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Sunday, September 9, 2012

Festivity Corn Pudding

As promised yesterday, I am writing about our absolutely delicious Corn Pudding that rounded out dinner last night!

We are growing an heirloom type of corn this year that was given to us by a friend, Art Sayles. He sent us some dried cobs a couple of years ago. We've never grown corn before, and didn't really have the space, but this year, we reclaimed a patch of ground that had been decorative only and amended the soil with compost and mycorrhizae (a beneficial fungus that supports root growth- I've written about this before). We started the corn plants from seed in the house, and transplanted them in batches of 12 plants at a time, two weeks apart. We have 36 stalks...every single corn kernel germinated!
The corn is absolutely beautiful. Art said it's called, "Festivity" which can be eaten as a sweet corn, or dried on the stalk as a decorative corn. I can attest to the beauty, and deliciousness of the corn!
These ears are a week apart in planting...it's really interesting how they go from 'white' sweet corn, to a little speckled, to mostly dark purple. they are really beautiful!
The left side of the yard has been an herb/vegetable garden for the past 5 years, but the right side was covered with decorative bark since it does not get as much full sun as the left side. Well, apparently, it's sunny enough to produce a lot of corn!
Anyhow, I had 6 ears total that I had to pick yesterday, so I decided to make a delicious side dish called Corn Pudding. Here's the recipe I used as a guide by Ina Garten- called Sagaponack Corn Pudding
but, I did make some changes. I also cut the recipe in half, since I don't have 8-10 people to feed :)
I cut the kernels off of the corn for about 2 1/2 cups of fresh corn. The cobs went out to the chickens. They like corn, too-cracked and dried or fresh. They also like newly planted corn plants- I learned that the hard way.
I added the kernels to a pan with 1/2 cup of finely chopped onion and 2 tbsp. of butter. I sweated the vegetables for 4 minutes, took them off the heat and let them cool.
In a large bowl, I beat together two of the biggest eggs I had (the girls are still hit-or-miss on large eggs and forget about extra-large at this point in their laying life!) 1 cup of milk and 1/2 cup of cottage cheese. I was completely out of fat free half and half and ricotta, but I figured small curd fat free cottage cheese could be a substitute. I added 1 teaspoon of sugar, 1 teaspoon of kosher salt and about 5 large fresh basil leaves, chopped up. After this was all mixed, I slowly mixed in 1/4 cup of cornmeal.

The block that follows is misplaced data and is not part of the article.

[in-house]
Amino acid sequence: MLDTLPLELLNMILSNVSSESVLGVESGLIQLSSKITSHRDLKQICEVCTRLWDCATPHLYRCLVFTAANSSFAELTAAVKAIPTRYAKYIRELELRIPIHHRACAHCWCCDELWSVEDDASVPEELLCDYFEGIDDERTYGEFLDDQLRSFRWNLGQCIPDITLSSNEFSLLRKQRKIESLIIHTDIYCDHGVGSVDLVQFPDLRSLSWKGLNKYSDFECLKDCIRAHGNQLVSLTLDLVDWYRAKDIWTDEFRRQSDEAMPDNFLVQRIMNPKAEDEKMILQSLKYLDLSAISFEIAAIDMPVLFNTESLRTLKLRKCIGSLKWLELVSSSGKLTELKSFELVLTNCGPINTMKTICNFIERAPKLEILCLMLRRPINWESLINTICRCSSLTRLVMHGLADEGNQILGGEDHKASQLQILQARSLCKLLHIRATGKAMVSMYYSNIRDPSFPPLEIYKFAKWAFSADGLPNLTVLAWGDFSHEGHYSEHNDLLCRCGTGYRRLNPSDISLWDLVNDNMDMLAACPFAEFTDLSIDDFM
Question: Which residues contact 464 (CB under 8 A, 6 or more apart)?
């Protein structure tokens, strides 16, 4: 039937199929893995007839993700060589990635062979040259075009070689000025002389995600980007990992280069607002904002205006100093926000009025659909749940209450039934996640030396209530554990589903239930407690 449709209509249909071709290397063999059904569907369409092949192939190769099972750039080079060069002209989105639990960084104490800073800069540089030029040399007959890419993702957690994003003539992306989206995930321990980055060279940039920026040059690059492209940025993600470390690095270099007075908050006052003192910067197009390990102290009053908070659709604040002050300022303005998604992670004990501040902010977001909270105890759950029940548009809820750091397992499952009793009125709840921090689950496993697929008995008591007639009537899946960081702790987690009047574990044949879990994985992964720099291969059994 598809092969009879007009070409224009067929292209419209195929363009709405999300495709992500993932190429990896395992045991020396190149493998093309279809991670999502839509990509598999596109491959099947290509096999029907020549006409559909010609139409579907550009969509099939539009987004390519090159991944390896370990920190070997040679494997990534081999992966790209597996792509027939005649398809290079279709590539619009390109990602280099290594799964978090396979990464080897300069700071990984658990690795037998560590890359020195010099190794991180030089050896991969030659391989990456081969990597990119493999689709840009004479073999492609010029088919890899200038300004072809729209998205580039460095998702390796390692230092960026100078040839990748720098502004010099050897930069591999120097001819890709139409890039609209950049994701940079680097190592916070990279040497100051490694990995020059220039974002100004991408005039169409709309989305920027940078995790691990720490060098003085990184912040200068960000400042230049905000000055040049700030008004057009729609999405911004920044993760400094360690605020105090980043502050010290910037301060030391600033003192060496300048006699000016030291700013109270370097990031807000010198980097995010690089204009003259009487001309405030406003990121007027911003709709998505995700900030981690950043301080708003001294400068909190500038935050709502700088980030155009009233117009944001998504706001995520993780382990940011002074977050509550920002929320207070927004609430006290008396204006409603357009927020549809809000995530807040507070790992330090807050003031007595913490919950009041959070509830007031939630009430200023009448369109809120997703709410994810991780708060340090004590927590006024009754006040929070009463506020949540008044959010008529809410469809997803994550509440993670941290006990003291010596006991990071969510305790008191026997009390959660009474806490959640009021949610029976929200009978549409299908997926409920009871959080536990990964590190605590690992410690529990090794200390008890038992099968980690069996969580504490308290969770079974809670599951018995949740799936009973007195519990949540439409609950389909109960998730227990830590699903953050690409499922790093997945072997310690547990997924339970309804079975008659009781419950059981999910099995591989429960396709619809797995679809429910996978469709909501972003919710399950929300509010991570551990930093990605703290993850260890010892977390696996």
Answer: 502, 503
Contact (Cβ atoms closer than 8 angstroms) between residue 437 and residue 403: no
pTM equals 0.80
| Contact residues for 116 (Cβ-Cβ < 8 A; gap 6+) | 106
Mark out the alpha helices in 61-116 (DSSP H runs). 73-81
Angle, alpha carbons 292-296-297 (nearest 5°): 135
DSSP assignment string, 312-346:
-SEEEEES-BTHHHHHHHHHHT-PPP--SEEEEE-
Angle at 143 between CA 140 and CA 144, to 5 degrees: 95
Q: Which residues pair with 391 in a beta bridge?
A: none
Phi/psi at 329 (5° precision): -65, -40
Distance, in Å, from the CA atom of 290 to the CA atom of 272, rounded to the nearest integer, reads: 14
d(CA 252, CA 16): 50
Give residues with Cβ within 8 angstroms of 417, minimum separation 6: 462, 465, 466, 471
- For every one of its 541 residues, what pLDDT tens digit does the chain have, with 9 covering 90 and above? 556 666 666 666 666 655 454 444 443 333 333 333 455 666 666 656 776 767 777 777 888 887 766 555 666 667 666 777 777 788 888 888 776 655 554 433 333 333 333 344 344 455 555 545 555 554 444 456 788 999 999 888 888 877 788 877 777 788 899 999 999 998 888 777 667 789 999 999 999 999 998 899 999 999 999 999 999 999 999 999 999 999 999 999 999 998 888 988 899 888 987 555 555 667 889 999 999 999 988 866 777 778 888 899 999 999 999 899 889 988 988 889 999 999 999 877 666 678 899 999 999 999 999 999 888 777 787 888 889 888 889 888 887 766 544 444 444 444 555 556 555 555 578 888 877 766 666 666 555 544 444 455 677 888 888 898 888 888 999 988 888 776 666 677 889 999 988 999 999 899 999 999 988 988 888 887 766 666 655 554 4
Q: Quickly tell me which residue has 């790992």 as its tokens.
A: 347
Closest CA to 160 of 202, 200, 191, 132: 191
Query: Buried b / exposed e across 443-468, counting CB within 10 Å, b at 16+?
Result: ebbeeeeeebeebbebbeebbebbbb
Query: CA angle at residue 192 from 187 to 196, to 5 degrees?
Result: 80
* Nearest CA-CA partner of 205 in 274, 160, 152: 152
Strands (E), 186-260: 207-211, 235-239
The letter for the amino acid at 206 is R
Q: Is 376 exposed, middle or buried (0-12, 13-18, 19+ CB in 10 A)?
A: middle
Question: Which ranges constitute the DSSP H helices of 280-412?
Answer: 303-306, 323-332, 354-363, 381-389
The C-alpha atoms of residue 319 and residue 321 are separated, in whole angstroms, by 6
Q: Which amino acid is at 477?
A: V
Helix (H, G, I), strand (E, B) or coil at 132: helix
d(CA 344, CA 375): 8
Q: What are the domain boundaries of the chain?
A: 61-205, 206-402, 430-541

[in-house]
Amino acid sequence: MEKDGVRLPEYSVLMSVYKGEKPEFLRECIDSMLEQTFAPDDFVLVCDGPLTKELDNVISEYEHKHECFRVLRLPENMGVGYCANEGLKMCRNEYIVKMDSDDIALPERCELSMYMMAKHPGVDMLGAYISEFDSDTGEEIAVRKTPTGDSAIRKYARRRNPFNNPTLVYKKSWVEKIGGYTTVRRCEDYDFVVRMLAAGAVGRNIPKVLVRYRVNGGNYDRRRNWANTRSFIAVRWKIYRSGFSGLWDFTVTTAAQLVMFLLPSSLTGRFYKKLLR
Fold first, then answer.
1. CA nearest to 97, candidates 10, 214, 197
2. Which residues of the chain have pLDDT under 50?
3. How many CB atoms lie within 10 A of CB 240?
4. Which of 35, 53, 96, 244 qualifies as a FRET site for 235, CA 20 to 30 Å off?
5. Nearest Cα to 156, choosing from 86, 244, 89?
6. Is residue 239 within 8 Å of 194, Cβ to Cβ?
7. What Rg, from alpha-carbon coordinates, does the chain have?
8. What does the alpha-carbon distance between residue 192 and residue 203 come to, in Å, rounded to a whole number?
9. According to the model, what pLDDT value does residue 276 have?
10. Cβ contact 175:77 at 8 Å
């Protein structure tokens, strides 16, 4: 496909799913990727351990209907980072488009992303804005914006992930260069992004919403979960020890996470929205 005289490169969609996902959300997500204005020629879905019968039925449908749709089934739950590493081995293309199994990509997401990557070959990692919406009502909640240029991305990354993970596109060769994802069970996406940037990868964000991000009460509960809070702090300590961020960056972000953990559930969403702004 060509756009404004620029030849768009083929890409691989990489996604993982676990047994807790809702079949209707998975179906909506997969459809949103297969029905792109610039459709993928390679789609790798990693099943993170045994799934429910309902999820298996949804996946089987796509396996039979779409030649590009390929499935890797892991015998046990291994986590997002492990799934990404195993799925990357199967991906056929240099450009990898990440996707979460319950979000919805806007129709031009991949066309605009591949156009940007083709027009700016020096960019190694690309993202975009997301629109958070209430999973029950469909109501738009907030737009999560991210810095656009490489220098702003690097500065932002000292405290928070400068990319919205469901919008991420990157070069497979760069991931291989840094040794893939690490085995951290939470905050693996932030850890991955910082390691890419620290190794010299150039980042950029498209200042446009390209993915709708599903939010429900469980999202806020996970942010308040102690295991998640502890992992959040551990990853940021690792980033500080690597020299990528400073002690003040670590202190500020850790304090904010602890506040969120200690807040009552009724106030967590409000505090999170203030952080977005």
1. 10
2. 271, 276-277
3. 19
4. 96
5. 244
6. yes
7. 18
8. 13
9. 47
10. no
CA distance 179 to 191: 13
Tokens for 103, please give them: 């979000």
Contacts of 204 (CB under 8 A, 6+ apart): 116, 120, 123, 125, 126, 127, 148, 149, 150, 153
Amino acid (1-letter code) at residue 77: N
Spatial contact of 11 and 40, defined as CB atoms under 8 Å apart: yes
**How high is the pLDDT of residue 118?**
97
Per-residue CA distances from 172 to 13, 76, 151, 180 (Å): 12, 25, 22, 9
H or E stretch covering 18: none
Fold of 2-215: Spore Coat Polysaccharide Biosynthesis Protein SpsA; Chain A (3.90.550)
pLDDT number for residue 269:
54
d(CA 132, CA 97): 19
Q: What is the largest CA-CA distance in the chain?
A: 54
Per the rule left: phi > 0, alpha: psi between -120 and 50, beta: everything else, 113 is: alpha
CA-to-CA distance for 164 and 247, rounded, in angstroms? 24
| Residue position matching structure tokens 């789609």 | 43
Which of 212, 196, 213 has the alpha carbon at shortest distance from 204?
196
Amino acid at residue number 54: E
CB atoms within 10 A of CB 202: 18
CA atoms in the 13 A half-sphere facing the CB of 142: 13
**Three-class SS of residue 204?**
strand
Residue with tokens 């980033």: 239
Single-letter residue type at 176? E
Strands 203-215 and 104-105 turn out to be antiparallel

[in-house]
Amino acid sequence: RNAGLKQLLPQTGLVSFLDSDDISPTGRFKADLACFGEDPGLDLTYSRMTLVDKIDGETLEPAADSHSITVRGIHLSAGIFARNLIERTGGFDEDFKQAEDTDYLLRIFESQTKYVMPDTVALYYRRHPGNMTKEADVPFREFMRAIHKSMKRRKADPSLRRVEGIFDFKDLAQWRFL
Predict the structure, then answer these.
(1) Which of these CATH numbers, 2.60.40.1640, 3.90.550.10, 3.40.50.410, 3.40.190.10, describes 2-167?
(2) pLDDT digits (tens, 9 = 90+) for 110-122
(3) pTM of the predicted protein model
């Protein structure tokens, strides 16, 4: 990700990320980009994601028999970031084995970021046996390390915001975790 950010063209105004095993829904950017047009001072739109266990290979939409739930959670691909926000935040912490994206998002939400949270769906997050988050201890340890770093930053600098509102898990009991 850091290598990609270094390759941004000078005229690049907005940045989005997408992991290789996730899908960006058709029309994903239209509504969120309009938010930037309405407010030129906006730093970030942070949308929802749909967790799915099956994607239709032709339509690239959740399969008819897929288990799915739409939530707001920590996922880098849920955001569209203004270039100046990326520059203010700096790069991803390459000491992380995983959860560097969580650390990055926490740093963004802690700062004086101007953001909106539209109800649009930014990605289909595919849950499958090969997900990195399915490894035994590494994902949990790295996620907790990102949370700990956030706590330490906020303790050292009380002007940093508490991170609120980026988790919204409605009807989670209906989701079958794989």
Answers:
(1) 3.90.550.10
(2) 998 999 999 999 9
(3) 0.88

I also sprayed a 6 cup baking ramekin with canola spray and heated the oven to 375 degrees.
I didn't have any sharp cheddar cheese. Kevin doesn't like sharp cheddar, so I usually buy medium or mild or Colby, but I was out of that, too. I did have a block of Pepper Jack, however, so I cut off a chunk of about 3 ounces and shredded that up.
When the corn/onion mixture was cooled, I added it to the egg/milk/cornmeal mix. Then, I added about half of the cheese and mixed it all together. I poured it into the greased ramekin and topped it with the rest of the cheese.
I popped it into a baking pan and filled the pan with enough hot water from the tap to go up the sides of the ramekin halfway. I placed it in the oven, and let the heat do the magic! It took about an hour.

We also had a small rack of St. Louis cut ribs that I had dry rubbed with my homemade rib rub (for another day- it's fantastic) and baked in foil in the oven for 3 hours at 275. I added some steamed zucchini slices tossed with the tomato vinaigrette from yesterday, and voila! Dinner! It was scrumptious! And the purple and yellow and reddish and maroon kernels of the corn mixed with the yellow creamy and cheese-y texture was so pretty, too. I hope you try this recipe- it's pretty easy and you can adapt a lot of vegetables to this version!






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